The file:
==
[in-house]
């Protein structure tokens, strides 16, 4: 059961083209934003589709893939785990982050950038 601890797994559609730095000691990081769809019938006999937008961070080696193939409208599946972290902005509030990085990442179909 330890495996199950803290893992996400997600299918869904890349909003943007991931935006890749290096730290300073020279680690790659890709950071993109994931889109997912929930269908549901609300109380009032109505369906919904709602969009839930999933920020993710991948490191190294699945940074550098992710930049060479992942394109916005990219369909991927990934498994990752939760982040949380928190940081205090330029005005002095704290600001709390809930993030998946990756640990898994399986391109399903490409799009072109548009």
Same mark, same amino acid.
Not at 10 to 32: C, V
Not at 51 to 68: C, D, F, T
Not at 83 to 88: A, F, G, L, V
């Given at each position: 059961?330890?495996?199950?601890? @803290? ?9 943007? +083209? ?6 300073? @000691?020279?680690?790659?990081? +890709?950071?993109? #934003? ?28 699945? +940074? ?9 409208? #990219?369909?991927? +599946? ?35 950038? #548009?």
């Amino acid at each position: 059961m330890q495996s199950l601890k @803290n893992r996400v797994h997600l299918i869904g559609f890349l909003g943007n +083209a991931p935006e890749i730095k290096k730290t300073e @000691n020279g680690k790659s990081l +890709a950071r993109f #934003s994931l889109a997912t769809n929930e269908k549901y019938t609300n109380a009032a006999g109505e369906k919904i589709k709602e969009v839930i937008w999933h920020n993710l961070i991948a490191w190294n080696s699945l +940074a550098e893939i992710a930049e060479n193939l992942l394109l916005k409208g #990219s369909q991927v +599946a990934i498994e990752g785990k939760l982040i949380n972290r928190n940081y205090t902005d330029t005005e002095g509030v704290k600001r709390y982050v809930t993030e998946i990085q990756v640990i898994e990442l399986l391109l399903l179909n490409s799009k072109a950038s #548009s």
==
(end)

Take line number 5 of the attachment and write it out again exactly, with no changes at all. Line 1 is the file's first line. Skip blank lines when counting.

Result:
Not at 51 to 68: C, D, F, T